More British women than ever before are coming to Denmark to visit sperm banks, and yesterday, one of English's top-selling tabloids, the Mirror, provided the industry with a welcome summertime boost by conducting an interview with one of them.
It would appear that her story, more ordinary than extraordinary, is quickly becoming the norm.
An easy choice
When Jessica McCallin, 40, decided it was time to quit waiting around for the Viking love of her life to sweep her off her feet and impregnate her, it reports, she decided she would go straight to the source for Viking sperm: Denmark.
“I chose to use a Danish donor because I knew the characteristics of the child would be similar to mine,” McCallin explained to an English newspaper, the Mirror.
“I know my family originates from the north of England, which was once conquered by the Norsemen, so it’s reasonable to assume I have Scandinavian ancestry.”
Let’s put the past behind us
McCallin, who today coincidentally lives in the London district of Denmark Hill, was apparently willing to set aside any grudges against Vikings who may or may not have (sexually) conquered her ancestors.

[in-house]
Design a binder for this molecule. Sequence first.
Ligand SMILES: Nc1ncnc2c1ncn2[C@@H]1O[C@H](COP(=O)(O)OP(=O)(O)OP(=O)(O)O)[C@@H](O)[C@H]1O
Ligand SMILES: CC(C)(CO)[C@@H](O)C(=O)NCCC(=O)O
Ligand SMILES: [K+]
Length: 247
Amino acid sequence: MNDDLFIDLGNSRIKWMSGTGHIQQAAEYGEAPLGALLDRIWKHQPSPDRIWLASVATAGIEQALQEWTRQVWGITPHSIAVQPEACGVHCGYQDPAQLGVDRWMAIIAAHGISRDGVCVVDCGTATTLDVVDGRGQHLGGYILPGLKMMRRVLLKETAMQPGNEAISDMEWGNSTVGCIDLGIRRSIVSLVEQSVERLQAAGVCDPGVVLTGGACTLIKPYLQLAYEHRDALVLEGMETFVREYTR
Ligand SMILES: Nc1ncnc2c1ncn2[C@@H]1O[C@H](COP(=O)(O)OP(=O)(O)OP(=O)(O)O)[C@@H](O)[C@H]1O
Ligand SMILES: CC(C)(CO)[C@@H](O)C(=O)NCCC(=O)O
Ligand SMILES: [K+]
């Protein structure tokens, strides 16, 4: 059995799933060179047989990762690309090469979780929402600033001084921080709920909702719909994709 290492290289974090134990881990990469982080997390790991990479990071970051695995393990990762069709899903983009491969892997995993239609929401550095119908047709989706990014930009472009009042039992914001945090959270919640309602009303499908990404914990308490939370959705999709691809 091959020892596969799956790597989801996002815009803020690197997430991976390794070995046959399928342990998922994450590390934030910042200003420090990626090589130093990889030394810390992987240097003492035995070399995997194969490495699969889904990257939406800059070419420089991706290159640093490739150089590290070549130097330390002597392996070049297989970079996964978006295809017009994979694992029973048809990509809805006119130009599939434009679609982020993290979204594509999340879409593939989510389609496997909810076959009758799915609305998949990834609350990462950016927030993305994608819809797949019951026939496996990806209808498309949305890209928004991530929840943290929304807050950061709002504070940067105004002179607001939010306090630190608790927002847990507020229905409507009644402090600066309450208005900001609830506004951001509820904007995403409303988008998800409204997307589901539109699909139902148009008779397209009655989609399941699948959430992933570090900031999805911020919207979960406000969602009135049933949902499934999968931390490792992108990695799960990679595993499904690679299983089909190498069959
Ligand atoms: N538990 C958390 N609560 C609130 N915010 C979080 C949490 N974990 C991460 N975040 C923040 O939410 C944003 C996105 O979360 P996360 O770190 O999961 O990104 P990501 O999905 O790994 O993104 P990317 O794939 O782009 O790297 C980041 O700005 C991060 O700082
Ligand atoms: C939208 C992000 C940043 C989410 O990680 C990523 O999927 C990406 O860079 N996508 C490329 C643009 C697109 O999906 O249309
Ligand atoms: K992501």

“The Viking aspect had a certain appeal,” she explained.
Metroexpress took the time to contribute to this story, observing that “Danish genes are apparently popular”.
UK demand for Danish sperm has increased over the past few years, and not just because Brits want physically superior, blonde-haired, blue-eyed ‘Viking babies’.
Danish laws on sperm donors keep the process entirely anonymous, which differs considerably from the UK law that allows a child to contact the sperm donor once they turn 18.
Neither Jessica nor her daughter will ever know much more about the man except that “he has fast swimming sperm”, McCallin told the Mirror.
So far, no reports suggest that McCallin’s three-year-old daughter is exhibiting any signs of the Viking habits that led her mother to seek out this triumphant gene pool.